Eight killed in ethnic clashes in India

Clashes between local Assamese and Hindi-speaking settlers in India's troubled northeastern state of Assam claimed eight more lives, taking the toll in the past week to 14.

    Federal troops were used to quell the violence as rampaging mobs burned the homes of hundreds of settlers from the neighbouring state of Bihar.

    Four women and two children belonging to a family of a Hindi-speaking trader from Bihar were hacked to death and their home set alight in the town of Dibrugarh, about 250km from state capital Guwahati.

    "You can say many parts of Assam are on fire," said a senior police officer who declined to be identified.

    Thousands of people sought shelter in police stations across Assam, which is also torn by a 25-year-old insurgency.

    "All Biharis in Assam should immediately move out or face bullets"

    Paresh Barua,
    ULFA commander-in-chief

    Several local organisations, among them a key separatist guerrilla group, gave migrants from Bihar a deadline of seven days to leave Assam, as a dispute triggered when competition for jobs flared into violence.

    "All Biharis staying in the state should immediately move out of Assam, or face bullets," said Paresh Barua, commander-in-chief of the United Liberation Front of Asom (ULFA). The ULFA is fighting for an independent nation of Assam for an estimated 26 million people.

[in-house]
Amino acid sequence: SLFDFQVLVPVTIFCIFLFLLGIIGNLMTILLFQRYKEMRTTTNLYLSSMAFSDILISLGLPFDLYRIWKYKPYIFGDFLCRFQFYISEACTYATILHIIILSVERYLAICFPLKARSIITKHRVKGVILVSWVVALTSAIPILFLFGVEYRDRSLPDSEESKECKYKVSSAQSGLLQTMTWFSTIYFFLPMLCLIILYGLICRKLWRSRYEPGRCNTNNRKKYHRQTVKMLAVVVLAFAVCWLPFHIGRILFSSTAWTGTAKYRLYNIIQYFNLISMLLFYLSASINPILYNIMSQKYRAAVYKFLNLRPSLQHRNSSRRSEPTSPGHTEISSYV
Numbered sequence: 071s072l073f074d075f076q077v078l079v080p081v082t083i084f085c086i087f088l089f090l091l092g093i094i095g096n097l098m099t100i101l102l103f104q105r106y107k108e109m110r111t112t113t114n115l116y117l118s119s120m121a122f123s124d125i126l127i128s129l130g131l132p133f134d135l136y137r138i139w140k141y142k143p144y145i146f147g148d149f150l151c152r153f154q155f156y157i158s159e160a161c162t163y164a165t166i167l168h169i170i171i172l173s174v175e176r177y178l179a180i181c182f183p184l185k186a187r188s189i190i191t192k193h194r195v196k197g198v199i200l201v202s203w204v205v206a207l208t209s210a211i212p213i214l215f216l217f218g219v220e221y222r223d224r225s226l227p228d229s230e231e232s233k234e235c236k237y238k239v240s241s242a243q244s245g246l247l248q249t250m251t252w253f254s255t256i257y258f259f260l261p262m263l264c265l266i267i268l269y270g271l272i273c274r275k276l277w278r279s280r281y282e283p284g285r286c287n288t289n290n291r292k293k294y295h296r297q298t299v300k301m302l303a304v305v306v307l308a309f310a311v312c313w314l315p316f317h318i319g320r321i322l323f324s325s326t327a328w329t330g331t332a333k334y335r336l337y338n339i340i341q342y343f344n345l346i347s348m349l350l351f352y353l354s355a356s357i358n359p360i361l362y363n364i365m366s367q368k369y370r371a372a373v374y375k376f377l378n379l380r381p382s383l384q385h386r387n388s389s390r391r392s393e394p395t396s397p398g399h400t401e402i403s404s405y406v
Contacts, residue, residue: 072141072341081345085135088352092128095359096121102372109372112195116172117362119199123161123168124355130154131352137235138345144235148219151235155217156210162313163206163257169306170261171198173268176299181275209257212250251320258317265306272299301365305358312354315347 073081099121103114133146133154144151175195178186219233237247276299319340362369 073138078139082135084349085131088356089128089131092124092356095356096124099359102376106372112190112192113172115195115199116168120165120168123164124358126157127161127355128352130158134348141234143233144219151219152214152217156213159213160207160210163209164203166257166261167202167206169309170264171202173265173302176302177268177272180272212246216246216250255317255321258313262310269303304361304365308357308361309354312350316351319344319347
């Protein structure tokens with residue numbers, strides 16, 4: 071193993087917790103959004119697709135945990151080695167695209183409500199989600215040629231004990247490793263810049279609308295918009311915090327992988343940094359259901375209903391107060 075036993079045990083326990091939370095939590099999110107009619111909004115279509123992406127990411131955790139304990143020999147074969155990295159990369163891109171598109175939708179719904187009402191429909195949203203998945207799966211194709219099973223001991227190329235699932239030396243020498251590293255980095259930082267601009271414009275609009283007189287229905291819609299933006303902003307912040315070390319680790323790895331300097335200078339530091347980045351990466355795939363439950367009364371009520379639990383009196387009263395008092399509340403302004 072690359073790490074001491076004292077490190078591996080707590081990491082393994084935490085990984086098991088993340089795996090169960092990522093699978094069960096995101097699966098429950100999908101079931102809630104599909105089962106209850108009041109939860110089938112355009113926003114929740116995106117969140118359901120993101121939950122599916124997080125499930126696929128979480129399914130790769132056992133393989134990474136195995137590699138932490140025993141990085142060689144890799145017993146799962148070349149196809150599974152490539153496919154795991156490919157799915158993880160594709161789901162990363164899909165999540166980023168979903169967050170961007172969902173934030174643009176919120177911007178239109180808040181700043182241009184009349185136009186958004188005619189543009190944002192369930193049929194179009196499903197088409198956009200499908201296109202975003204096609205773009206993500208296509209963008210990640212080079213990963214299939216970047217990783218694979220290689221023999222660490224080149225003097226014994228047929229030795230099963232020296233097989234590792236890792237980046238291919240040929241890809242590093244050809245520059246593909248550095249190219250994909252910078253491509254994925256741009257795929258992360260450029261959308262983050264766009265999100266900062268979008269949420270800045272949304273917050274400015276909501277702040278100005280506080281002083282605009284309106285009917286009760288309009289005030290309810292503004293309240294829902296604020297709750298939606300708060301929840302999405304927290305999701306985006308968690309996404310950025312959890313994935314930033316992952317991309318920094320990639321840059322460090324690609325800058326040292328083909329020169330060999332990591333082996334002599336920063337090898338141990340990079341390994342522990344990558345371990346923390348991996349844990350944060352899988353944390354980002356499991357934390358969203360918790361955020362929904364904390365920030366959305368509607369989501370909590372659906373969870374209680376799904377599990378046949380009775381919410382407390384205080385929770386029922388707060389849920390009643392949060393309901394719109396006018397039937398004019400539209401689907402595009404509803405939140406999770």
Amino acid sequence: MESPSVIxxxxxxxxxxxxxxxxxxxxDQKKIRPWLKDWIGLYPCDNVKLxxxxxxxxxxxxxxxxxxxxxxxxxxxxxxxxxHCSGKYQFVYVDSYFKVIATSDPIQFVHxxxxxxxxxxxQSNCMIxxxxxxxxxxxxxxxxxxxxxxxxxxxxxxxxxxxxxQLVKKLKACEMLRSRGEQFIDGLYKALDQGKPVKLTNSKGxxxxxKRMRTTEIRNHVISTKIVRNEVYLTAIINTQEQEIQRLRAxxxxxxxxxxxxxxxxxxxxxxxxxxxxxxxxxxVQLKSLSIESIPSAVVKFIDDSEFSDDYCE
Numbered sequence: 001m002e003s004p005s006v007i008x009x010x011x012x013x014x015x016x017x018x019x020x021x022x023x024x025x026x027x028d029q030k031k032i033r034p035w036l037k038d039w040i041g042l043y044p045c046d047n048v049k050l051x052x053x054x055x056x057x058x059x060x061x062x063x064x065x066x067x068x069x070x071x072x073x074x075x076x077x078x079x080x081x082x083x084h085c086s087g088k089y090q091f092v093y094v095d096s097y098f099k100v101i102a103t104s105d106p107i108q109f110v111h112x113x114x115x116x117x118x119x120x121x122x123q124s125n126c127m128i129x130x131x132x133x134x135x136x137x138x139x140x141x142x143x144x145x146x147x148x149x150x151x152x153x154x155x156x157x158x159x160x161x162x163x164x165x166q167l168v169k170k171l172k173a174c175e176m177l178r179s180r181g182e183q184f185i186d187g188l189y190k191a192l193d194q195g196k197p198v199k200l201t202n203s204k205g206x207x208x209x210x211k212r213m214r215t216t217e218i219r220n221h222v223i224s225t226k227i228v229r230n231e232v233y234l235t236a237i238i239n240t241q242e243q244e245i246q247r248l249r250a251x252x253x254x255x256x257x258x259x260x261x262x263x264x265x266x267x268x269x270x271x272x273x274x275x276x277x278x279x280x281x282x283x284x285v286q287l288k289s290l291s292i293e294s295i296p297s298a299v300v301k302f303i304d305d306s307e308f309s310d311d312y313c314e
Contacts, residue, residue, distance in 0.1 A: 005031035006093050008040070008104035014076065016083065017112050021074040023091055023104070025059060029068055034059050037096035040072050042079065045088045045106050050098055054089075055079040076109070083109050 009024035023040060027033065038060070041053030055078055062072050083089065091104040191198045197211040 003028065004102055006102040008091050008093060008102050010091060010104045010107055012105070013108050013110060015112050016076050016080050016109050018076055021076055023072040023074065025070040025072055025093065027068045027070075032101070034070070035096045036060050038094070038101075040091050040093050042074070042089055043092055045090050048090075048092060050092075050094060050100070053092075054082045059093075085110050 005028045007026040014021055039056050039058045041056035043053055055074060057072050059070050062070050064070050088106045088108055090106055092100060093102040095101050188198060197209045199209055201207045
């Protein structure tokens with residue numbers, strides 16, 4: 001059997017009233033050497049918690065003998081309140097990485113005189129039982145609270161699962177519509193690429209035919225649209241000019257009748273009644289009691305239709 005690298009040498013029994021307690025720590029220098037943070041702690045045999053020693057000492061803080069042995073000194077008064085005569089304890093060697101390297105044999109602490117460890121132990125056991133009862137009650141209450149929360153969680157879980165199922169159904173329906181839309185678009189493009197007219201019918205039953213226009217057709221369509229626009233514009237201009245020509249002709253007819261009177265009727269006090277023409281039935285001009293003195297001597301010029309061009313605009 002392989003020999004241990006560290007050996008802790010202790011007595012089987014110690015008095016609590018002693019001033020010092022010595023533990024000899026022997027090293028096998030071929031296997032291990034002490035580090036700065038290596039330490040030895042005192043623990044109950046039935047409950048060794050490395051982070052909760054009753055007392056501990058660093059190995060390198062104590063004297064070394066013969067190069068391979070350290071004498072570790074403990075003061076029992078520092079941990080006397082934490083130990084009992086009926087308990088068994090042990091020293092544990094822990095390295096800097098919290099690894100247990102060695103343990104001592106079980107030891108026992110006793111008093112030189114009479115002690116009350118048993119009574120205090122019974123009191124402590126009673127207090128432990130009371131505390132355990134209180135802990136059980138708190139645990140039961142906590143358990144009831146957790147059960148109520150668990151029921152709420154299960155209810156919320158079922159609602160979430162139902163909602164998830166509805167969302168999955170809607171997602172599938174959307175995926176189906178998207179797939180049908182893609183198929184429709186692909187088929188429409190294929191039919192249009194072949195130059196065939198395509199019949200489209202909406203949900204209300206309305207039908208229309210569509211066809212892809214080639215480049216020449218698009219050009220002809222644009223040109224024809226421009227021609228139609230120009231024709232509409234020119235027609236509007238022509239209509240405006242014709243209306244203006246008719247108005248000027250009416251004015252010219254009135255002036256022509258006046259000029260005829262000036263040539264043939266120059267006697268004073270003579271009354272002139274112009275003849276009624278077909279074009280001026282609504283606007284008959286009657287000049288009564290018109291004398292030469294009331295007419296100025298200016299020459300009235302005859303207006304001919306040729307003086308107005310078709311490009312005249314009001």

Background

    The trouble in the state began after Assamese train travellers were attacked in Bihar last week, following reports early this month of assaults on some Bihari students who came to Assam to do tests for railway jobs. 

    Assamese students feared Biharis might corner the railway jobs that were available.

    Tensions have simmered for years between the two groups, with rebels accusing the Hindi-speakers of north India of moving into the area and taking away jobs.

    In 2000, the ULFA group killed up to 150 Hindi-speaking people in a series of attacks.

    To calm tensions on Tuesday, army columns staged marches through several districts.

    Meanwhile, tensions were also on the rise

    in neighbouring Nagaland state with an outlawed rebel group, the Naga National Council (NNC), asking Bihari people to leave the region immediately.

     

    SOURCE: Agencies


    YOU MIGHT ALSO LIKE

    'Just another Indian': Surviving Canada's residential schools

    'Just another Indian': Surviving Canada's residential schools

    A survivor of schools that took Indigenous children from their families shares her story of abuse, neglect and healing.

    'Butchered': The Kenyan FGM clinic serving Europeans

    'Butchered': The Kenyan FGM clinic serving Europeans

    Kenya banned FGM in 2011, but Europeans still bring their daughters to underground clinics there to be cut.

    What it means to love a dead child

    What it means to love a dead child

    You must forget all you thought you knew about grief when the landscape of your life has been demolished.